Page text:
How We Learn
Educational psychologists have long recognized that the ways in which individuals process and remember information are a personal preference based on cognitive skills, experiences and personality. The standard elementary school classroom for many decades—children sitting quietly in rows with a teacher at the front blackboard—was superior only in managing to minimize most learning styles. Instead, it provided maximum efficiency for the teacher to complete her lesson plans and maintain discipline. The newer styles of classroom organization with small groupings of children in pods or at separate tables attempts to allow for the use of more learning styles, but some of the assumptions still preclude the use of some preferred or effective learning styles.
Do You Know Your Learning Style(s)?
Your learning style is a not right or wrong issue. You should know it though, if only to take advantage of it at every study opportunity! Your learning style may also influence your career choice – just be careful that you aren’t making a significant life decision based only upon a shallow understanding of the demands of a career. Although there are several ways to divide and describe learning styles, we’ll use the one available in the article, “The 7 Styles of Learning: Which Works for You?” recently written for Edudemic.com.
Edudemic’s Learning Styles
This article outlines seven styles of learning, although they are not mutually exclusive. In other words, a student might have different styles depending upon the subject or may demonstrate a combination of styles.
Visual or spatial learners prefer to use “pictures, images and spatial understanding.” They may even use colored objects—such as highlighters or index cards—to help organize information. The most well known job in this description might be that of an air traffic controller with a Pinterest account!
These learners appreciate information coming to them aurally and were probably the best-served learning style in the traditional classrooms of old. However, this is the way almost all children learn their ABCs. While you might consider a musician first under this category, don’t dismiss other fields such as court stenography or other jobs where one needs to listen carefully for information.
Linguistic learners love their words, whether spoken or written and can often memorize information most easily by writing it down. Writers and reporters might first come to mind, but don’t disregard other fields such as translating foreign languages.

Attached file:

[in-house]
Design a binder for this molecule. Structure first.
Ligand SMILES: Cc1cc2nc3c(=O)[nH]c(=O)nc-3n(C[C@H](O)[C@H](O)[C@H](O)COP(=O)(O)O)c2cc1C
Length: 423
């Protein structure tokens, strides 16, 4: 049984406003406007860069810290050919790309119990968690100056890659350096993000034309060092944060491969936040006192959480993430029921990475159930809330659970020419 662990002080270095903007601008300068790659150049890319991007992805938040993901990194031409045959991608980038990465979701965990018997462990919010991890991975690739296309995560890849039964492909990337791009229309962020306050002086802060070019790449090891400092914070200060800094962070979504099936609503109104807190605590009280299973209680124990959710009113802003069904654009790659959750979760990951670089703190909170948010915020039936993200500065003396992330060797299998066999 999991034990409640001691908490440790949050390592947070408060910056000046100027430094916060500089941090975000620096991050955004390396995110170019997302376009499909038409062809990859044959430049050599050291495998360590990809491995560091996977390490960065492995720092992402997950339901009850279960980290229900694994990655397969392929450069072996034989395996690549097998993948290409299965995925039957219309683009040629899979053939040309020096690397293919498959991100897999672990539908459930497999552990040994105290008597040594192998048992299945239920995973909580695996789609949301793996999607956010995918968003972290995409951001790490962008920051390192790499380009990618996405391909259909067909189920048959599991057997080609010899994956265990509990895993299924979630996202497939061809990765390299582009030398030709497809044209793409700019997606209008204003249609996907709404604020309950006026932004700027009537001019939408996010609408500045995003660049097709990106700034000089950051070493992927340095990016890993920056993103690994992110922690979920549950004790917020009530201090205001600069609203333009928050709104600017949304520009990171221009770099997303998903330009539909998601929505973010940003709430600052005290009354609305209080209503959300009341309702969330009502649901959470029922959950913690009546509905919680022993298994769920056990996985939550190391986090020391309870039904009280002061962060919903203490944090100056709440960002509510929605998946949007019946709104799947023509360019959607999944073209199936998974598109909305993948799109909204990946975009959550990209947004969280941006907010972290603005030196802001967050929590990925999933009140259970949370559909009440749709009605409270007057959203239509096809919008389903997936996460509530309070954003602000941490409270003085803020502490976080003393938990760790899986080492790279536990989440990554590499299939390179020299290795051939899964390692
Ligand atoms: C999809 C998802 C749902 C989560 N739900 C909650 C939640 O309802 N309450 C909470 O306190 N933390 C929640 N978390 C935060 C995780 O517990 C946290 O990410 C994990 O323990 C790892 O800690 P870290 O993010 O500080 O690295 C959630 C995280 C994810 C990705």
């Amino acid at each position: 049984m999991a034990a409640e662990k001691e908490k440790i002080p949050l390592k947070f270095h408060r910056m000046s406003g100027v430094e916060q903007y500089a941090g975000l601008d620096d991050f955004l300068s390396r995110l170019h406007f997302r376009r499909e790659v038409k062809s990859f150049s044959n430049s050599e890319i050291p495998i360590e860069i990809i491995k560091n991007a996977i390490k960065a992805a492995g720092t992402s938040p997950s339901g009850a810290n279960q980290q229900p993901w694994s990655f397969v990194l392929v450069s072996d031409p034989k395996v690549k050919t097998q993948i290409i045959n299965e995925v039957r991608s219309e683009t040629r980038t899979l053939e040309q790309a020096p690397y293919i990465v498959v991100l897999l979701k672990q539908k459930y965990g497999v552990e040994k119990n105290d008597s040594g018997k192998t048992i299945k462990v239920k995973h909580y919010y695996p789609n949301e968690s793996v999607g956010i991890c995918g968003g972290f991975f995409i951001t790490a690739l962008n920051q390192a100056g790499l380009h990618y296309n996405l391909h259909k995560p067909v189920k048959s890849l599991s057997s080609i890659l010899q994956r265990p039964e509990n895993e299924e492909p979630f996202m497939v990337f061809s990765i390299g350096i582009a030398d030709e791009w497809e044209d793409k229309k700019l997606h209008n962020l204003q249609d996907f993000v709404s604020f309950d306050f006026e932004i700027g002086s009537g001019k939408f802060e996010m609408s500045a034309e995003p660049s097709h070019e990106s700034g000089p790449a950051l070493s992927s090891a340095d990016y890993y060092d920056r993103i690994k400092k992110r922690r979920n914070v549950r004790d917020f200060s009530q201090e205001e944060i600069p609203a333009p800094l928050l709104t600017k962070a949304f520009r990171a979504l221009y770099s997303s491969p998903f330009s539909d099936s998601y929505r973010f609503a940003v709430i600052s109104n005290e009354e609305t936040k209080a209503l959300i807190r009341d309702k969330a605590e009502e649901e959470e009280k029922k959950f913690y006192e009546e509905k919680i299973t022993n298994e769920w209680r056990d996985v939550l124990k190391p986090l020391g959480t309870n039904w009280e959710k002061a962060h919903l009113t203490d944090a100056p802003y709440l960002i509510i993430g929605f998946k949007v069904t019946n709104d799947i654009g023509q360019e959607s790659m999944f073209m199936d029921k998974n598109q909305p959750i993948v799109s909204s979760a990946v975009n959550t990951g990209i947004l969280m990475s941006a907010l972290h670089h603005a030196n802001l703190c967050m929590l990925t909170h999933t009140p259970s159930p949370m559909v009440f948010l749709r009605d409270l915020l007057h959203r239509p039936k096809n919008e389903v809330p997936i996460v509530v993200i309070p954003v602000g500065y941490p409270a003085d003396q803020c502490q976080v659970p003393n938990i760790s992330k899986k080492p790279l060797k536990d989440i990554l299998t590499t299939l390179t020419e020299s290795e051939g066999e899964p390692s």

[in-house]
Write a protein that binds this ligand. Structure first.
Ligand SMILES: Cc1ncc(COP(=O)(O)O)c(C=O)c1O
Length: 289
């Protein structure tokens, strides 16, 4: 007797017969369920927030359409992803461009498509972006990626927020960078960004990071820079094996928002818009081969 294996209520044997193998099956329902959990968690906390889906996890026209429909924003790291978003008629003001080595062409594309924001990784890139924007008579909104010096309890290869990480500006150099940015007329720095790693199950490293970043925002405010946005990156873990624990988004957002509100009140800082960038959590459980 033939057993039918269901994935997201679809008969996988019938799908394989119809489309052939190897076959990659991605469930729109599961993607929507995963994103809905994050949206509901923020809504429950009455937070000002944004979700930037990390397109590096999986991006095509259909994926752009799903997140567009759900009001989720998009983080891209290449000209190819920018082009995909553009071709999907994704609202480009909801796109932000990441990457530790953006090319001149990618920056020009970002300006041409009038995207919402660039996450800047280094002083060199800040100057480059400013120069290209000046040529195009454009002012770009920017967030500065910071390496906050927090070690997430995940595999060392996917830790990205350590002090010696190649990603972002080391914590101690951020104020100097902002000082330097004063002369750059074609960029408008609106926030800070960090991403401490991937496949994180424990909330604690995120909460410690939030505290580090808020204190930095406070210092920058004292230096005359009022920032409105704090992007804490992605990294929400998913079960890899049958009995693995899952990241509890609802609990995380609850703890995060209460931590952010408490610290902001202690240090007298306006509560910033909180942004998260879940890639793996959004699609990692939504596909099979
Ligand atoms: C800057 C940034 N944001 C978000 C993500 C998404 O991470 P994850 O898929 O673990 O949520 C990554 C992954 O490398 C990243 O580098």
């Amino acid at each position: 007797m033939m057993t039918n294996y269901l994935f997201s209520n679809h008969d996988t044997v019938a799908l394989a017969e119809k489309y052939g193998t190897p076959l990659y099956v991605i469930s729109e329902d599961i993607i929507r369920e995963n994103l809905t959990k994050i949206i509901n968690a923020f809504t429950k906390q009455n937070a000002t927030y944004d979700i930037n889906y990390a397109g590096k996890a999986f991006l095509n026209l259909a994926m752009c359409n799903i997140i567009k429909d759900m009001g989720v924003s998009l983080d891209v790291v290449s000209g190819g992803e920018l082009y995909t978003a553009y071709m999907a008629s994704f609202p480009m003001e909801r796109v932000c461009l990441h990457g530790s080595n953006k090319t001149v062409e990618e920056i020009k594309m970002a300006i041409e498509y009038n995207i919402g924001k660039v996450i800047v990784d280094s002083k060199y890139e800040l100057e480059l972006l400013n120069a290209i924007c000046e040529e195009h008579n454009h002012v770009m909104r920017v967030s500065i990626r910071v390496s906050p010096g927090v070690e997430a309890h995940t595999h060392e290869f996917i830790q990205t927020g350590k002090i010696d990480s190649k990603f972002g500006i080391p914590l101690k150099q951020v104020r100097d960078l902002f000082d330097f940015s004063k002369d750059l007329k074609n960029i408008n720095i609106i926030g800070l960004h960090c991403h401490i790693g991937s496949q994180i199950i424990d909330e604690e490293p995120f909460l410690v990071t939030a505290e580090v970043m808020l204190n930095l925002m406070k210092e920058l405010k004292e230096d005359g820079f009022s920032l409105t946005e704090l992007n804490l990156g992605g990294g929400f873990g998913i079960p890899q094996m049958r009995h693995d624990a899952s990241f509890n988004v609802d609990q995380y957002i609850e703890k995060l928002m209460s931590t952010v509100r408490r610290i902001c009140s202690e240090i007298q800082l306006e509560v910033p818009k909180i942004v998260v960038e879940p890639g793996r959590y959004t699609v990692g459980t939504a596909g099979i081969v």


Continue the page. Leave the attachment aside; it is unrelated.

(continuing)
Physical learners learn best by moving their bodies or practicing a new skill or procedure. While we might think of dancers first in this area, athletes, physical therapists and occupational therapists might also be included.
Logical learners are like Spock. They remember details best as the parts of an entire system and their functions within the system. Mathematics are among the first careers considered, but aspects of medical diagnosis can also be considered within this category.
Social learners learn better and faster in groups.
Solitary learners learn best when they study alone and undistracted.
Learning Skills Applied: An Example
WorldWideLearn.com gives examples to students on how to identify their learning styles. For example, let’s assume you’ve begun a first aid class as part of the completion of a medical assistant program. You might be considered an aural learner if you’re up front where you can hear everything the instructor says and try to copy every word. A typical spatial learner might have already looked up pictures of the equipment to be used, while a physical learner might require a bandage in her hands before she even begins to listen.
Learning about your individual learning style shouldn’t be another boring homework responsibility. By taking a short bit of time to find out more about your preferred methods, you might save yourself wasted hours and study more efficiently.